QuickStats About Culture and Identity
- After English (spoken by 95.9 percent of people), the most common language in which people could have a conversation about everyday things was Māori, spoken by 4.1 percent (157,110 people).
- A total of 24,090 people reported the ability to use New Zealand Sign Language, New Zealand's third official language after English and Māori.
- A total of 6,057 people can communicate in all three of New Zealand's official languages – English, Māori and New Zealand Sign Language.
- In 2006, 2.2 percent of those people who stated they were able to have a conversation about everyday things in at least one language did not speak English. This was a similar proportion to 2001, when 1.8 percent of people were unable to have a conversation about everyday things in English. In 2006, the majority of people unable to speak English were born overseas (80.3 percent) – a similar proportion to 2001.
- New Zealand's changing ethnic composition and the impact of migration within the five years between 2001 and 2006 was reflected in the increasing diversity of languages spoken. Between 2001 and 2006, the numbers of people in New Zealand able to have a conversation about everyday things in Hindi almost doubled, from 22,749 to 44,589. The number of people able to speak Northern Chinese (Mandarin) increased from 26,514 to 41,391, the number of people able to speak Korean increased from 15,873 to 26,967, and the number of people able to speak Afrikaans increased from 12,783 to 21,123.
Number of languages spoken
- The number of multilingual (people who can speak two or more languages) has continued to increase. Between the 2001 and 2006 Censuses, the number of multilingual people increased by 19.5 percent, to reach 671,658 people. In the ten years between 1996 and 2006, this number increased by 43.3 percent, from 468,711 people in 1996 to reach 671,658 people in 2006.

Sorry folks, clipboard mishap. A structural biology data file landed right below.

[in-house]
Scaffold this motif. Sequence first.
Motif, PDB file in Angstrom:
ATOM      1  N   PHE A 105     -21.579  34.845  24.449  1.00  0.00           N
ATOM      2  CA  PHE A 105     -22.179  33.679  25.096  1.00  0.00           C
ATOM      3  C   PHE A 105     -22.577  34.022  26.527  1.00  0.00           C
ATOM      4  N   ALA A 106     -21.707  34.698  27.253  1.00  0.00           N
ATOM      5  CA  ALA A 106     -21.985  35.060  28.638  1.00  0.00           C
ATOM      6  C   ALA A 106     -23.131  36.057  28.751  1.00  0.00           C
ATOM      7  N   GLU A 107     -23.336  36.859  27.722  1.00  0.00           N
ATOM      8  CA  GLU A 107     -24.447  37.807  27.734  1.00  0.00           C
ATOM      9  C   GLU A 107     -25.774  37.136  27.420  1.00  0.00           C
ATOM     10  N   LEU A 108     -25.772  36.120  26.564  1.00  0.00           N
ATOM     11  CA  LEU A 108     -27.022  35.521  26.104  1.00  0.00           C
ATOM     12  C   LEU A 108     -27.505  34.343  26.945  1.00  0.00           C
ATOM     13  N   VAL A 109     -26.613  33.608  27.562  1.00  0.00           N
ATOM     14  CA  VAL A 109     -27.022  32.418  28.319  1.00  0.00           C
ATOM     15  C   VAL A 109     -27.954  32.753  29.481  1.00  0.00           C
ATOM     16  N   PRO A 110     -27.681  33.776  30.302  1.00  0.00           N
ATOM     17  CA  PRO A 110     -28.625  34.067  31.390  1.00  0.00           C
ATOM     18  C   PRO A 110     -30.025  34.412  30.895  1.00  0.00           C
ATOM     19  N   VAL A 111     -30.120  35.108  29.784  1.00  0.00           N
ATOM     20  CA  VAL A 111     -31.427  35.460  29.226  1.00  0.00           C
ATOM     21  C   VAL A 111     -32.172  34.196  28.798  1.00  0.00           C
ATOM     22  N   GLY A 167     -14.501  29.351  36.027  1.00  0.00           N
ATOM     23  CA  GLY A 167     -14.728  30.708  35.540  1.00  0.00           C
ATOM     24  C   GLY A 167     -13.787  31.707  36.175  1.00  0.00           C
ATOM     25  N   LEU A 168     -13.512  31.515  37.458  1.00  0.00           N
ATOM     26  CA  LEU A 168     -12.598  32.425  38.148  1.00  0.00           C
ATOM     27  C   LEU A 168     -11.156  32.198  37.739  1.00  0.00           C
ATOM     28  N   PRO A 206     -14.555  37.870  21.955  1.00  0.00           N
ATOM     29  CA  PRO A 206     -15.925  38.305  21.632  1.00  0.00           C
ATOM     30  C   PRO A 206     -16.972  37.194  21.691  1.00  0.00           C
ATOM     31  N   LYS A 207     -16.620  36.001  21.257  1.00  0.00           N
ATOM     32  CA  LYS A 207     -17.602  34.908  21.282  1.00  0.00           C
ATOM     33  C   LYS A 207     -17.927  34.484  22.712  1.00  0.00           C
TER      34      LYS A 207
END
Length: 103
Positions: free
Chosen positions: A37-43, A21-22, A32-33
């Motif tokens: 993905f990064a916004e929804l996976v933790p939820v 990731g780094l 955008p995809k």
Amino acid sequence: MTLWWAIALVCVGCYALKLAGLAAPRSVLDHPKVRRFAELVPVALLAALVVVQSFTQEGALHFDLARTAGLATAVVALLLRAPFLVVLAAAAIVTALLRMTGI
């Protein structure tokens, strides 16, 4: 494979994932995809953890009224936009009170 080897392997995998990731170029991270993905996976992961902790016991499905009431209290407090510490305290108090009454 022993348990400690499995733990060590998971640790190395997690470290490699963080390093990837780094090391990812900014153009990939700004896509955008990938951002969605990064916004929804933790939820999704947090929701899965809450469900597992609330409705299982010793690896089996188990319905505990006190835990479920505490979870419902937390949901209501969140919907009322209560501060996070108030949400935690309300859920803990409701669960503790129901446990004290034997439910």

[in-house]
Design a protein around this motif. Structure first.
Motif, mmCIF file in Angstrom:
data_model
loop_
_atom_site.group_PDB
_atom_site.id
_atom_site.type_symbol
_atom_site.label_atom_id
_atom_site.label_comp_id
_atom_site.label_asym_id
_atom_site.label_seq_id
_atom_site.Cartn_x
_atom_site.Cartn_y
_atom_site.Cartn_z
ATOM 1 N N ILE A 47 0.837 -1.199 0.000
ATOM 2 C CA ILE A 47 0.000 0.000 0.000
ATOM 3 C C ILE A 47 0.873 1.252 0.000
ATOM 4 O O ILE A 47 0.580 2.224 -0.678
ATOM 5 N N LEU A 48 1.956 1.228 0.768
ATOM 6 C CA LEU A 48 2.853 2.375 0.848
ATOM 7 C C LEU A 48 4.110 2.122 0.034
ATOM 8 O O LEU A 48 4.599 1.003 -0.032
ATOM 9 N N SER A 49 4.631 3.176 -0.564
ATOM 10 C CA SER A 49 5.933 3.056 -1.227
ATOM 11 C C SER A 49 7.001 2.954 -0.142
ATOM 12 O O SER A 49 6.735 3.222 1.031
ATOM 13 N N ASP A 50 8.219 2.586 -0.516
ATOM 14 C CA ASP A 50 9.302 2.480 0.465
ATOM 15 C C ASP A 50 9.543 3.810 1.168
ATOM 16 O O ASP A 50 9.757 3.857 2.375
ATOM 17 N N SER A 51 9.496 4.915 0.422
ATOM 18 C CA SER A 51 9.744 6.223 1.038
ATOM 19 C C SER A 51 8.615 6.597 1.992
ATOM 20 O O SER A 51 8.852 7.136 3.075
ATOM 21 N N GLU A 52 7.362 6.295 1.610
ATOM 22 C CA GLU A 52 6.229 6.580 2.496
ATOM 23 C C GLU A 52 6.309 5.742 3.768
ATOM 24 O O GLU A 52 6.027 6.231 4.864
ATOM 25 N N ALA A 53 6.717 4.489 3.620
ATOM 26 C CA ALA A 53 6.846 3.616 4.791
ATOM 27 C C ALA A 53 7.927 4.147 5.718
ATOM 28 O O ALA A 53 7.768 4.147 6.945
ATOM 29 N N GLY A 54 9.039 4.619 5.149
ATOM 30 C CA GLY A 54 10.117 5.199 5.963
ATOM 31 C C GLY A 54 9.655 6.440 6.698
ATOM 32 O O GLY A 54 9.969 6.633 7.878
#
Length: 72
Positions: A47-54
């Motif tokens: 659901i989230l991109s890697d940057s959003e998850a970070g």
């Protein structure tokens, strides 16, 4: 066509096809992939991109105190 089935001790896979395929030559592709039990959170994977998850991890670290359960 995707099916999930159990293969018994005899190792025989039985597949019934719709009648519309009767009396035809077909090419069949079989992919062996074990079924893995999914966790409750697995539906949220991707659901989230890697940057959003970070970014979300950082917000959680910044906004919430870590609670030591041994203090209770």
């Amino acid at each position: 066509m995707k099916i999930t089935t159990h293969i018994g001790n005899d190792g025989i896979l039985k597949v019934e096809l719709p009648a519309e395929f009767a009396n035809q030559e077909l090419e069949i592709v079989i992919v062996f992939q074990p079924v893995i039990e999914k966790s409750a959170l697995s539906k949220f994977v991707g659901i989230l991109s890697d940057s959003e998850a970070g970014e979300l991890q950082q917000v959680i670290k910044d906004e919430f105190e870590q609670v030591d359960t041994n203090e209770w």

|Percentage Speaking No, One, or Two or More Languages |
|Number of languages spoken
||2006 Census |
|Two or more languages
- The Auckland Region, which in 2006 had the highest proportion of usual residents born overseas and the greatest diversity of ethnic groups, also reported the highest proportion of people able to speak two or more languages of all the regions (27.1 percent, or 331,914 people).
- Overseas-born usual residents were more likely than New Zealand-born usual residents to be able to speak two or more languages. Over one-third (35.0 percent) of overseas-born children (aged 0 to 14 years) were able to speak two or more languages, compared with 11.5 percent of New Zealand-born children. This was also the case for people in the working-age population (15 to 64 years), where almost half of overseas-born people (48.5 percent) were multilingual, compared with 10.0 percent of New Zealand-born people.